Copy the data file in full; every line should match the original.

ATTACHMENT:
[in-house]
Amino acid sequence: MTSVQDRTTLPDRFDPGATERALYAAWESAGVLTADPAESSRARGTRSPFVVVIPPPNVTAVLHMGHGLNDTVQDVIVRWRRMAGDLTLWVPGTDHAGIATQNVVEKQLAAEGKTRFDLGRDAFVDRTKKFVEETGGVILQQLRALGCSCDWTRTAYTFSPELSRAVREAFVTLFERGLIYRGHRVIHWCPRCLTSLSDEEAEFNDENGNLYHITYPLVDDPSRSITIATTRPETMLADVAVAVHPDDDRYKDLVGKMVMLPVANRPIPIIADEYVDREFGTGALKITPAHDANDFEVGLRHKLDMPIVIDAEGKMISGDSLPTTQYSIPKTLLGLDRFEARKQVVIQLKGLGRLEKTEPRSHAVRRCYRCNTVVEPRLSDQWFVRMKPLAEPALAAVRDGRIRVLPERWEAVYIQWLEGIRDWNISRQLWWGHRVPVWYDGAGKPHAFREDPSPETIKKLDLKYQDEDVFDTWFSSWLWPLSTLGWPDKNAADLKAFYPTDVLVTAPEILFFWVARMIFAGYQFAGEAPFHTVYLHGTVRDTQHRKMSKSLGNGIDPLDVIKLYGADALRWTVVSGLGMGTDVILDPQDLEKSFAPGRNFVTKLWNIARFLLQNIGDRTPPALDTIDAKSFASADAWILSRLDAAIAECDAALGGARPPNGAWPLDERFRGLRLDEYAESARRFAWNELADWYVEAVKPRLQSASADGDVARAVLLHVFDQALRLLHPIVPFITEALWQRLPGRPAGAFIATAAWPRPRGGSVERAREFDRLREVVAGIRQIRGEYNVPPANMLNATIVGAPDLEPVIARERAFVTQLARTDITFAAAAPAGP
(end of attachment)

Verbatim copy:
[in-house]
Amino acid sequence: MTSVQDRTTLPDRFDPGATERALYAAWESAGVLTADPAESSRARGTRSPFVVVIPPPNVTAVLHMGHGLNDTVQDVIVRWRRMAGDLTLWVPGTDHAGIATQNVVEKQLAAEGKTRFDLGRDAFVDRTKKFVEETGGVILQQLRALGCSCDWTRTAYTFSPELSRAVREAFVTLFERGLIYRGHRVIHWCPRCLTSLSDEEAEFNDENGNLYHITYPLVDDPSRSITIATTRPETMLADVAVAVHPDDDRYKDLVGKMVMLPVANRPIPIIADEYVDREFGTGALKITPAHDANDFEVGLRHKLDMPIVIDAEGKMISGDSLPTTQYSIPKTLLGLDRFEARKQVVIQLKGLGRLEKTEPRSHAVRRCYRCNTVVEPRLSDQWFVRMKPLAEPALAAVRDGRIRVLPERWEAVYIQWLEGIRDWNISRQLWWGHRVPVWYDGAGKPHAFREDPSPETIKKLDLKYQDEDVFDTWFSSWLWPLSTLGWPDKNAADLKAFYPTDVLVTAPEILFFWVARMIFAGYQFAGEAPFHTVYLHGTVRDTQHRKMSKSLGNGIDPLDVIKLYGADALRWTVVSGLGMGTDVILDPQDLEKSFAPGRNFVTKLWNIARFLLQNIGDRTPPALDTIDAKSFASADAWILSRLDAAIAECDAALGGARPPNGAWPLDERFRGLRLDEYAESARRFAWNELADWYVEAVKPRLQSASADGDVARAVLLHVFDQALRLLHPIVPFITEALWQRLPGRPAGAFIATAAWPRPRGGSVERAREFDRLREVVAGIRQIRGEYNVPPANMLNATIVGAPDLEPVIARERAFVTQLARTDITFAAAAPAGP